Henry Hunt also known to some as the ‘Orator’, realised his talent for public speaking in the electoral politics of Bristol. Henry was highlighting the corruption of the ruling classes and the high tariffs given through mercantilist trade, where only landowners would benefit from it. Henry gave a radical speech at St Peter’s Field in Manchester on the 16th August 1819 which is known today as Peterloo (Named after the Battle of Waterloo). The Peterloo Massacre was caused by the over-reaction of local authorities, where 18 people were murdered. (more…)
Housing in the United Kingdom has always been an area fraught with disparities. When cities began to expand post-industrial revolution, and more places to live were needed in urban settings, people began to move on a scale that hadn’t been seen before. This flocking of people from rural settings towards employment, allowed opportunistic private builders to provide densely populated and disorganised developments, which subjected many families to poor and overcrowded living conditions, without effective sanitation or natural light. There was pressure on the Government to begin looking at housing issues, and they were slowly persuaded to intervene. (more…)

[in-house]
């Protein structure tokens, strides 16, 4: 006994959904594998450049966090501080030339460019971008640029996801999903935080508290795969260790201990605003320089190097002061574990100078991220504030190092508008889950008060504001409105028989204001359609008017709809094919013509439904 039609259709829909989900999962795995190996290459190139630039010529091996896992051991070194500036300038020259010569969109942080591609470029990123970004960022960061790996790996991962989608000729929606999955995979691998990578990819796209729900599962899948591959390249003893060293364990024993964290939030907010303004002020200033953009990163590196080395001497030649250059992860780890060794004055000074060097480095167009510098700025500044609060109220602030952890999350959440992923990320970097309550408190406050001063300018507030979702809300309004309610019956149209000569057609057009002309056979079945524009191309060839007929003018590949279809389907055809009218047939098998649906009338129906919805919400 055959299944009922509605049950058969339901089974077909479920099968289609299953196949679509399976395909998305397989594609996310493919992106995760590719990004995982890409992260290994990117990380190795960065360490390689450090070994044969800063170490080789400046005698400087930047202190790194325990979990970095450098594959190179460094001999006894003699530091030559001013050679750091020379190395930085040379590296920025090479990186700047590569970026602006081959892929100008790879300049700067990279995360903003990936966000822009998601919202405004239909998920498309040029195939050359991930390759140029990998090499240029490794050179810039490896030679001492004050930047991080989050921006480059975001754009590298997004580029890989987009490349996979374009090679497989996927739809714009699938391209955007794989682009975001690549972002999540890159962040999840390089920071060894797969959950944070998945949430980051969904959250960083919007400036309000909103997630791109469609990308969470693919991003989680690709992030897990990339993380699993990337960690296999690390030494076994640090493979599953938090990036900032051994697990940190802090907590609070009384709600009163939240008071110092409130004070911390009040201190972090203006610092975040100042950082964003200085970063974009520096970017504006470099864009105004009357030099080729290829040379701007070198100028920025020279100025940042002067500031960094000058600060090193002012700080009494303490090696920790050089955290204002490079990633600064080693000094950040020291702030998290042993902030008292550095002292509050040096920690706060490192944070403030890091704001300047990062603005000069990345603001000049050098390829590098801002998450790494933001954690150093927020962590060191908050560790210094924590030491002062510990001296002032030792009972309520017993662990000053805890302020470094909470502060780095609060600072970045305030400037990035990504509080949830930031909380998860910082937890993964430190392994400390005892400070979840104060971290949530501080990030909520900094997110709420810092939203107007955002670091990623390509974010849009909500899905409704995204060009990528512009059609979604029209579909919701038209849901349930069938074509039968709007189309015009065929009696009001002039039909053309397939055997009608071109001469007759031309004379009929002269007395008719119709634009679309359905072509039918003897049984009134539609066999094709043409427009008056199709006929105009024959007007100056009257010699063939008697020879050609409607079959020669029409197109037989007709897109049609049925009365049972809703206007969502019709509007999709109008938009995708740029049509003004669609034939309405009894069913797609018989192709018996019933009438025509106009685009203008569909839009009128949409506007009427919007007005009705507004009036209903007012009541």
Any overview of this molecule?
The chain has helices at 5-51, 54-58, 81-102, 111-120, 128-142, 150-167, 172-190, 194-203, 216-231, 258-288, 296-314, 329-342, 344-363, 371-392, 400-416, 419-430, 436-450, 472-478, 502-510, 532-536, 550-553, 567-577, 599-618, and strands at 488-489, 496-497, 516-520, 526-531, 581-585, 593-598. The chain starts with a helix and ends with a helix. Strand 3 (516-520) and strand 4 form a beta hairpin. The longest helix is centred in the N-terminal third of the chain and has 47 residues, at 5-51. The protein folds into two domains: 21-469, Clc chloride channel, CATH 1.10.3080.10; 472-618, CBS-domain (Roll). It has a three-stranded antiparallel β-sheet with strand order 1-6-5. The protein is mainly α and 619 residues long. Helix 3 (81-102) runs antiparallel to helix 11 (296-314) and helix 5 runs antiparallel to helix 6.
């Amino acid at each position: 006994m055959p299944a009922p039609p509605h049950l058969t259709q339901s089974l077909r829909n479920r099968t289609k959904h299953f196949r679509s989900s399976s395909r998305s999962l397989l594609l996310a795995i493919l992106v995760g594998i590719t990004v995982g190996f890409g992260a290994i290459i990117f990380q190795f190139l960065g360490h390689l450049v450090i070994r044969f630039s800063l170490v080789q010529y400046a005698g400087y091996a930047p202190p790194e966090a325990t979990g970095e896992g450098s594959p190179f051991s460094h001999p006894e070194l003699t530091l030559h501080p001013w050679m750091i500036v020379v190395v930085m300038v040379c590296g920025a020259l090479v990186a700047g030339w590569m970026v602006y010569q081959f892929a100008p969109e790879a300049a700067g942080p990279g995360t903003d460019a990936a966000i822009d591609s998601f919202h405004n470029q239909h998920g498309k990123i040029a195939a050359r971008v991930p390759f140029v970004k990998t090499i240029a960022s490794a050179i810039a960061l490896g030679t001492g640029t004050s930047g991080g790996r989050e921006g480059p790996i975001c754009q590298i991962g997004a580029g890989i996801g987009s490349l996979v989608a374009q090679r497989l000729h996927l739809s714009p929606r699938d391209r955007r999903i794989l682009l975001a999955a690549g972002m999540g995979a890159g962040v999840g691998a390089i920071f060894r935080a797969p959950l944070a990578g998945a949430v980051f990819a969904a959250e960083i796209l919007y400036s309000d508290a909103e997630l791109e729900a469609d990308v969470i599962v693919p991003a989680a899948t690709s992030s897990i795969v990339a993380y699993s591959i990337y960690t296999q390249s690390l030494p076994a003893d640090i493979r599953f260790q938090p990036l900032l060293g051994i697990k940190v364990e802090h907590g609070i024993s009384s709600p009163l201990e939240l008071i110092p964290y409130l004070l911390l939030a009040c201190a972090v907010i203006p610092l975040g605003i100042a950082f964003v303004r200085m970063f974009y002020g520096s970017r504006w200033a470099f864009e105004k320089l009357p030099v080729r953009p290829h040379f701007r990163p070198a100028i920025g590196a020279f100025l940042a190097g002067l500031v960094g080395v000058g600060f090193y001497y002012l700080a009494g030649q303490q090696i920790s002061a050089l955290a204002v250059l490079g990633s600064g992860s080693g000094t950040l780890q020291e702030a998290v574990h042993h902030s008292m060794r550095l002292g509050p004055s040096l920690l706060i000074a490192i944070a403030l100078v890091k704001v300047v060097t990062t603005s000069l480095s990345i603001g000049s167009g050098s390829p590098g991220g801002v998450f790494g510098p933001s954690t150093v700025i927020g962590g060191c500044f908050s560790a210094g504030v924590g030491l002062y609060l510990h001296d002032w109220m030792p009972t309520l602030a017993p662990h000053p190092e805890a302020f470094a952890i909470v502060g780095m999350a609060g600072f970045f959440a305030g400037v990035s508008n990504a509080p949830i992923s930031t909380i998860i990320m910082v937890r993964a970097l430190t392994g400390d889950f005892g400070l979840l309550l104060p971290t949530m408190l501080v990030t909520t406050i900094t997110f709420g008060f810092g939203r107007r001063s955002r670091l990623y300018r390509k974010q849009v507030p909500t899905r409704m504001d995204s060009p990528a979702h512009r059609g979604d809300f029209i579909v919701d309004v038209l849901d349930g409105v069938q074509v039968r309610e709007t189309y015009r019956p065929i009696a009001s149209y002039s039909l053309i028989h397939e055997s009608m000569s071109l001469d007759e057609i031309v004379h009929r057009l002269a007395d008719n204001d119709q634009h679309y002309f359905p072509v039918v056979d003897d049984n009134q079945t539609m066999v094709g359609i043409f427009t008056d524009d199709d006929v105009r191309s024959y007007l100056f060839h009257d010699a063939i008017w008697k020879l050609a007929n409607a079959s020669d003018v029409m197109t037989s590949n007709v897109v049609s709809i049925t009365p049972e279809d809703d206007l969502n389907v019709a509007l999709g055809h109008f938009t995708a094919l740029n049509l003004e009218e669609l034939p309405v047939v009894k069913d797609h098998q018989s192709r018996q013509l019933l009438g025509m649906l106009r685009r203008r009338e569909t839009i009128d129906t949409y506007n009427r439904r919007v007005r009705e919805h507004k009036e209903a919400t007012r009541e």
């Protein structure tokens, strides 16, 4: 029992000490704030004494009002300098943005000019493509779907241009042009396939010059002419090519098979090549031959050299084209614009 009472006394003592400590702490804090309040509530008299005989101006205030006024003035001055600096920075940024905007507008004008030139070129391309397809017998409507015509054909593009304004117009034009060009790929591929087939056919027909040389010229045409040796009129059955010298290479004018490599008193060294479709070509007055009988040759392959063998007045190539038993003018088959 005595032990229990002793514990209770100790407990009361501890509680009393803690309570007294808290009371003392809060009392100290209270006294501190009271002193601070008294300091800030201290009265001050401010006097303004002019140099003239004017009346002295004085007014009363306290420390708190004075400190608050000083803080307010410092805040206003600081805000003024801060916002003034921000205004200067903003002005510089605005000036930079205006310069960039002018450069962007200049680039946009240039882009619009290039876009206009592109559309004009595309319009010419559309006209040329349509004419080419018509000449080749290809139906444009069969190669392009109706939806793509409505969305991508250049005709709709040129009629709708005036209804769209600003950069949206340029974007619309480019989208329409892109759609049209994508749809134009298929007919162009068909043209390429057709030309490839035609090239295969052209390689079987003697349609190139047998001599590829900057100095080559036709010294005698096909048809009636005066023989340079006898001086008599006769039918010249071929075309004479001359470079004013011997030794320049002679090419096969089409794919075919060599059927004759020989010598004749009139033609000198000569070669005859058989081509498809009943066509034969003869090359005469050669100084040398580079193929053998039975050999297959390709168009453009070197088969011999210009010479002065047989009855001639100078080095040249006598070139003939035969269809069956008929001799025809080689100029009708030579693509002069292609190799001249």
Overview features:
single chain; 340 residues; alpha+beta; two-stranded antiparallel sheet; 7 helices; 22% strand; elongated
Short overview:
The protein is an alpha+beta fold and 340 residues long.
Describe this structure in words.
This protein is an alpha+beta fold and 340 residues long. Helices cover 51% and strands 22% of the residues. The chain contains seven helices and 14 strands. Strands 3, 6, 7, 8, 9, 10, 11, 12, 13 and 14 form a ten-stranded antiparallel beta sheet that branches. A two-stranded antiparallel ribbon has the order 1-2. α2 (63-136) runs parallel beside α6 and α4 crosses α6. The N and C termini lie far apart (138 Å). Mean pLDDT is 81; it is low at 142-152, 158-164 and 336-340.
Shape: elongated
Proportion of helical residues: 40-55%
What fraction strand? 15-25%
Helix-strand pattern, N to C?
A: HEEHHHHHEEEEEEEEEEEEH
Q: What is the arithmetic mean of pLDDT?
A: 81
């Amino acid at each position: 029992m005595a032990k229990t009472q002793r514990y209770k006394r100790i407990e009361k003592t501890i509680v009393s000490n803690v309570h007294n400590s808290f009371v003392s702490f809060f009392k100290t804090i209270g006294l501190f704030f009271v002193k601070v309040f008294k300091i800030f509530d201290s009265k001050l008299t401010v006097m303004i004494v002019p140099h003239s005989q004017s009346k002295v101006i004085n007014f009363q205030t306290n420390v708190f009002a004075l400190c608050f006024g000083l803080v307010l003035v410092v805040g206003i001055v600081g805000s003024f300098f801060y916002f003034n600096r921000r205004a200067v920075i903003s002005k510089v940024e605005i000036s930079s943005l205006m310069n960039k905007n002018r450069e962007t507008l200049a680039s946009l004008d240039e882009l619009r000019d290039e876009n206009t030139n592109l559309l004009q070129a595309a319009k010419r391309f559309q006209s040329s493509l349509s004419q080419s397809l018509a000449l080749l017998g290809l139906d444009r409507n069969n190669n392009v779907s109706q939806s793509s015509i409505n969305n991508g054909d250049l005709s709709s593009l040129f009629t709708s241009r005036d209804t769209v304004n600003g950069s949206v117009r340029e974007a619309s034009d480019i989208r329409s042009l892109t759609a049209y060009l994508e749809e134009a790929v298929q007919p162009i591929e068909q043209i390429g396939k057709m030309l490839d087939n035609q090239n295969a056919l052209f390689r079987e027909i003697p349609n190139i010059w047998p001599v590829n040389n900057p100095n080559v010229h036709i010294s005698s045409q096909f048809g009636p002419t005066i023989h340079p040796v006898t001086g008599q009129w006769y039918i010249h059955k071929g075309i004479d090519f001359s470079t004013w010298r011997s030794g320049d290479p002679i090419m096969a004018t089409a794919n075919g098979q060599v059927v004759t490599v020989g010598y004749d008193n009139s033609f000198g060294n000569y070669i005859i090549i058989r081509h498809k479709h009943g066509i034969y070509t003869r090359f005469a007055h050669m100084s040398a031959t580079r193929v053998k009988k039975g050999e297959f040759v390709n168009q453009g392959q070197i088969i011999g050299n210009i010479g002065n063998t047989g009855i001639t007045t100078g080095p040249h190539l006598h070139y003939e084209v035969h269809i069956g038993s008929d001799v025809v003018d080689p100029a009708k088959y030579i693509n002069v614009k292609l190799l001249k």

Article 40.3.3, known as the Eighth Amendment, was voted into the Irish Constitution by referendum in 1983. The amendment states: ‘The states acknowledges the right to life of the unborn and, with due regard to the equal right to life of the mother, guarantees in its laws to respect, and as far as practicable, by its laws to defend and vindicate that right.’ It equates the life of a pregnant woman with that of an embryo or foetus, and has created an unworkable distinction between a pregnant woman’s life and her health.
On Friday May 25th, Ireland will hold a referendum to Repeal the Eighth Amendment. (more…)
From the Editor
Many poets improve their skills through writing classes and groups; whether with organisations and colleges or with self-organised like-minded people. But what happens when the course or group finishes and you’re poems are ‘ready’ for the world to read. Competition in publishing, as we all know is immense and can be a very dispiriting and lonely experience. Here is how one group of women in the North East of England responded.
Marilyn Longstaff of Vane Women
Vane Women is a women’s collective celebrating its 25th anniversary this year. It promotes good writing by organising workshops, mentoring and hosting masterclasses by established writers. It was founded in 1991 to support the development and recognition of women writers in the North East. The writing, publishing and performing collective has come a long way from its beginnings in a women’s writing class at the late lamented Darlington Arts Centre, Vane Terrace.